Whether was it not the sence of Christian Antiquity even after Constantine's days, That the Civil Magistrate, as such, had no right of umpirage in matters of Christian Religion? And whether doth not this sufficiently appear by these and such like passages of Ambrose in his thirteenth Epistle, written to the then Emperor, Valentinian. When did you hear, most gra­cious Emperor, that Laicks [i. e. persons in no Ecclesiastical, or Church Office] did ever censure, or sentence any Bishop [or Pastor of a Church] in matters of Faith [or Christian Reli­gion?] And again: Your Father (through the goodness of God) having lived to maturity of years, said, that it did not belong to him to give judgment between Bishops, [mean­ing, as before, in causâ fidei, in a case of Faith, or Christian Be­lief.] So also: The Law of God hath taught us what we are to follow [or believe,] the Laws of men cannot teach us this. They may extort from persons timorous a change [of their former profession,] but they cannot inspire [them with an inward] belief [of what they outwardly profess Quando au­disti, Clemen­tissime Impera­tor, in causa fidei Laicos de Episcopo judi­casse? Pater tuus (Deo favente) maturicris aevi, dicebat, non est meum judicare inter Episcopos. Dei lex nos docuit quid se­quamur; hu­manae leges hoc docere non pos­sunt. Extor­quere solent ti­midis commu­tationem; fidem inspirare non P [...]ssunt.?] Now i [...] the sence of Antiquity was, That the Supreme Magistrate, though Christian, was not to umpire between Bishops, or Pastors of Churches, in matters of Faith, evident it is that they were of the same mind touching his incompetency to judg between other persons also in like cases; and consequent­ly that matters of Faith did not at all appertain to his cogni­zance, as a Magistrate. For the reason why they conceived that [Page 11] it did not belong to the Emperor to judg between Bishops in cases of Faith, could not be any consideration of the par­ticular qualitie, rank or function of these persons, but onely the nature and qualitie of those things, being spiritual, about which they were at variance amongst them elves. This plain­ly appears by the expresse specification (in the words cited) of those cases wherein the Emperour (as they conceived) had no right of decision between the persons mentioned, as viz. in matters of Faith: which clearly supposeth, that in other cases viz. such which are of a Civil nature and cogni­zance, they had the right and power we speak of; however the. Church of Rome hath since apostatized from this truth (with many others) and imbraced a lie in stead of it. Of like impott with the former is that passage of Tertullian, where he saith, That it is palpably unreasonable, that men who are free, should be forced against their wills to sacrifice; when as it is the willingnesse of the mind that is required in all Divine Services; yea it may well be judged ridiculous that one man should be compelled by another to honour the Gods, when as he stands bound at his peril to render these propitious unto him of his own accord, Facile ini­quum videtur liberos homines invites urgeri ad sacrifican­dum; (nam & alias divinae rei faciundae libens animus indicitur) certe ineptum existi­maretur si quis ab ali [...] cogere­tur ad honorem Deorum, quos ultro sui causa placare deberet, ne prae manues­set jure liberta­tis dicere, n [...]l [...] mihi Jovem propitium, Ter­tul. Apol, c. 28. &c.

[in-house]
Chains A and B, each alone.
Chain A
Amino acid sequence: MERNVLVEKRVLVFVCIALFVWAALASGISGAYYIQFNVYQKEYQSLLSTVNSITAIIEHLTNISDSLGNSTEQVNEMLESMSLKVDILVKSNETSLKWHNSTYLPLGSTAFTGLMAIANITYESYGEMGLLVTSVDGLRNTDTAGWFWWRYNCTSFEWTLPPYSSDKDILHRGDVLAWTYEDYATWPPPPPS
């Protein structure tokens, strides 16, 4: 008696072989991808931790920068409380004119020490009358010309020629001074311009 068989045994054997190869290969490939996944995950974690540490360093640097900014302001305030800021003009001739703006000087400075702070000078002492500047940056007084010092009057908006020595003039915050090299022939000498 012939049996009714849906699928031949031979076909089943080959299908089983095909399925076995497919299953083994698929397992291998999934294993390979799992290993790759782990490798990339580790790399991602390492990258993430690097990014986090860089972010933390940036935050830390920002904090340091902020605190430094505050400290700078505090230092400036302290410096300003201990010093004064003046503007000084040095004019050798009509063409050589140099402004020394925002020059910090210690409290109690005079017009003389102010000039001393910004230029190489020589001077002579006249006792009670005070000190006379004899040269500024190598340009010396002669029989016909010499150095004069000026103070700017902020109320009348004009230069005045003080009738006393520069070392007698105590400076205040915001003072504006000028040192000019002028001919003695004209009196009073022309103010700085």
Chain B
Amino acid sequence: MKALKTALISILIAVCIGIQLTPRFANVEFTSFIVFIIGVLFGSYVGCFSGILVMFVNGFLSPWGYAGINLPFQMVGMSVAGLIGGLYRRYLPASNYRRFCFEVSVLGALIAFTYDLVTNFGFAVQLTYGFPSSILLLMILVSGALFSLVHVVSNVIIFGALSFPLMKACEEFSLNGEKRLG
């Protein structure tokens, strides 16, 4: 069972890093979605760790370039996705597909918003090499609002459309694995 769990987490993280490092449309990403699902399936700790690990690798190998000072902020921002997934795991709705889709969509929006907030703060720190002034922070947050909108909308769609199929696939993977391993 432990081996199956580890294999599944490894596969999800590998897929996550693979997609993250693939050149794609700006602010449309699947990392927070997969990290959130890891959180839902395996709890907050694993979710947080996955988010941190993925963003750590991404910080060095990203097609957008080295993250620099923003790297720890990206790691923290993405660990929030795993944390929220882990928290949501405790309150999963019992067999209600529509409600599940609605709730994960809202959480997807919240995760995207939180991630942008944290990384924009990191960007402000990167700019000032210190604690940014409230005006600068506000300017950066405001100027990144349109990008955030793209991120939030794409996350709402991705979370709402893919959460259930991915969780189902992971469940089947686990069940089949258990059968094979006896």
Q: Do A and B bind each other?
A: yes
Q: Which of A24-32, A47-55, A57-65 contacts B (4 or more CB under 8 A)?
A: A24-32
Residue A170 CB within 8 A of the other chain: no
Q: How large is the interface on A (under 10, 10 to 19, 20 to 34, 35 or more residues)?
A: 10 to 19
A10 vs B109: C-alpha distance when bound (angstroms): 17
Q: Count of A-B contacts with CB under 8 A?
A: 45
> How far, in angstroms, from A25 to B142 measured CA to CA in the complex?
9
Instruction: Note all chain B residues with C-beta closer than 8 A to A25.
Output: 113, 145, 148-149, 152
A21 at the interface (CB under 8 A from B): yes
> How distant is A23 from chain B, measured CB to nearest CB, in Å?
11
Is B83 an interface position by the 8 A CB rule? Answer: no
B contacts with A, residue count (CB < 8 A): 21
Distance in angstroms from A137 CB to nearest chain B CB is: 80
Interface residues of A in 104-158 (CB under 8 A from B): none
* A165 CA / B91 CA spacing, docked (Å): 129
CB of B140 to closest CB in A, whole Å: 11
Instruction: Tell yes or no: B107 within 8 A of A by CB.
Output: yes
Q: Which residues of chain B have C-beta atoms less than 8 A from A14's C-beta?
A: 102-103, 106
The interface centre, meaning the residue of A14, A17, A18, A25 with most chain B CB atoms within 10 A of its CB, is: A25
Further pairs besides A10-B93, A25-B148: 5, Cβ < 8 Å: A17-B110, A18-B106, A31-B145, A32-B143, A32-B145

XVII.